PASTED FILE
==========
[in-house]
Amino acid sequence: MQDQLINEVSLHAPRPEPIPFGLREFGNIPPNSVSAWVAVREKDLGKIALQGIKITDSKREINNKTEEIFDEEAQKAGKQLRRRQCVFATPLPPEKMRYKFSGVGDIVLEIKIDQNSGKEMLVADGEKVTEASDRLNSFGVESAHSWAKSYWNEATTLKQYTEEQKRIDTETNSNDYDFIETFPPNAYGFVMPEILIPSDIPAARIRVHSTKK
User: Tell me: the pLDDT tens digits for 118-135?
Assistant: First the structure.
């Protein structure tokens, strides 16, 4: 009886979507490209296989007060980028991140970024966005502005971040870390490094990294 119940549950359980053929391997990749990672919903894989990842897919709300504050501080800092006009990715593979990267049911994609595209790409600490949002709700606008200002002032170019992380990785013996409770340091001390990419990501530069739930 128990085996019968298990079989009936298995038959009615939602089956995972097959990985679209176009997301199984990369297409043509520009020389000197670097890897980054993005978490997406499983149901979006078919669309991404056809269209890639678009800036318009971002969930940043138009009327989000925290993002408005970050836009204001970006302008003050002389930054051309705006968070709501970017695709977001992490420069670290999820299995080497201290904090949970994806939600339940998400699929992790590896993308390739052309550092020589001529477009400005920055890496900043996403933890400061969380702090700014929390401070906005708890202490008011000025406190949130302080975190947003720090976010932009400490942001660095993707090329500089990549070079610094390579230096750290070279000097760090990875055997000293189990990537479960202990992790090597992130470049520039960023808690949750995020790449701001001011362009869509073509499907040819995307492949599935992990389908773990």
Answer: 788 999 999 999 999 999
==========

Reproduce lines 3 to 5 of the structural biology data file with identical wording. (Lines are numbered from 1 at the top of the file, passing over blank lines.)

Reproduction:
User: Tell me: the pLDDT tens digits for 118-135?
Assistant: First the structure.
């Protein structure tokens, strides 16, 4: 009886979507490209296989007060980028991140970024966005502005971040870390490094990294 119940549950359980053929391997990749990672919903894989990842897919709300504050501080800092006009990715593979990267049911994609595209790409600490949002709700606008200002002032170019992380990785013996409770340091001390990419990501530069739930 128990085996019968298990079989009936298995038959009615939602089956995972097959990985679209176009997301199984990369297409043509520009020389000197670097890897980054993005978490997406499983149901979006078919669309991404056809269209890639678009800036318009971002969930940043138009009327989000925290993002408005970050836009204001970006302008003050002389930054051309705006968070709501970017695709977001992490420069670290999820299995080497201290904090949970994806939600339940998400699929992790590896993308390739052309550092020589001529477009400005920055890496900043996403933890400061969380702090700014929390401070906005708890202490008011000025406190949130302080975190947003720090976010932009400490942001660095993707090329500089990549070079610094390579230096750290070279000097760090990875055997000293189990990537479960202990992790090597992130470049520039960023808690949750995020790449701001001011362009869509073509499907040819995307492949599935992990389908773990």